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Sara S.


The Heart Break of an Afib Stroke By Sara Stearns CMAA, MA

Four months ago my husband received a call nobody should receive. It was his cousin calling to tell us that his mother had a stroke and was on the way to the hospital via ambulance. She was walking across the room with a glass of water when the stroke started. We all went to the hospital and my husband and I went to see her. At first they told us that they were not sure exactly what happened until they took her to Ct to have a scan of her head. She suffered a massive Afib stroke that destroyed the left half of her brain. We agreed to give her tPA to hopefully bust up the clot, and we agreed to have her sent to OHSU in Portland, Oregon. The stroke team up there was hopeful and thought they could successfully remove the clot in her Carotid artery. But, when they tried to it actually pushed the clot up and caused a massive brain bleed.

We were then faced with the most difficult and heartbreaking decision anyone should have to face. Do we leave her on the vent and put her in a care facility or do we let her go because she wouldn't have any quality of life. We chose to take her off life support and let her pass away peacefully. And at that point her exams were that of someone who brain was dead.

The neurologist said that if she had Coumadin she more than likely would have survived and that the stroke wouldn't have been so severe. But, her husband left her without a word and didn't contact her ever. So she had no money, no insurance, and had to live with family. I tried so hard to get her medical care but she didn't qualify they said.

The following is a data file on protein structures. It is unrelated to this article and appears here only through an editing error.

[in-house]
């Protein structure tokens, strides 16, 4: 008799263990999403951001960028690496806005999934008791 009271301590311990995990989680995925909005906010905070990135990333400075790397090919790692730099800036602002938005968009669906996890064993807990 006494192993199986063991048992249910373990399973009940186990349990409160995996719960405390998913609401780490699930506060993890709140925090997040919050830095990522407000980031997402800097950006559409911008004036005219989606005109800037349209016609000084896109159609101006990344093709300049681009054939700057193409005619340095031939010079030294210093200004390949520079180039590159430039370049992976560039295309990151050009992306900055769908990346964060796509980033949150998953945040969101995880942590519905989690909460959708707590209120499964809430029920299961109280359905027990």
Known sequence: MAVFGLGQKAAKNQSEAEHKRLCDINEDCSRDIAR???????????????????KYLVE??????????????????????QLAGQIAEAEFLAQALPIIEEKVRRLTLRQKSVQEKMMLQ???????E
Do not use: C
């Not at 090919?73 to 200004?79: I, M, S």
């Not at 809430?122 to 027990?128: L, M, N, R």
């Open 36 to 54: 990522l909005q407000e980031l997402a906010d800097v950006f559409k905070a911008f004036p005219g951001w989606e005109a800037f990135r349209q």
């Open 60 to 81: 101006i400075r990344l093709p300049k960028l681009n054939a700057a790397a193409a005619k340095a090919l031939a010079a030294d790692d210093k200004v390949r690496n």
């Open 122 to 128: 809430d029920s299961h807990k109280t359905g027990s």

Patricia Ibarra was 60 years old; she was a nurse, a mother, a grandmother, and my best friend. She didn't want much all she wanted was to live to see our son graduate.
I hope her story may help someone else and perhaps save their life. She would have wanted to help others.


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Display of the Faces of Stroke stories does not imply National Stroke Association's endorsement of any product, treatment, service or entity. National Stroke Association strongly recommends that people ask a healthcare professional about diagnosis and treatment questions before using any product, treatment or service. The views expressed through the stories reflect those of the authors and do not reflect the opinion of National Stroke Association.

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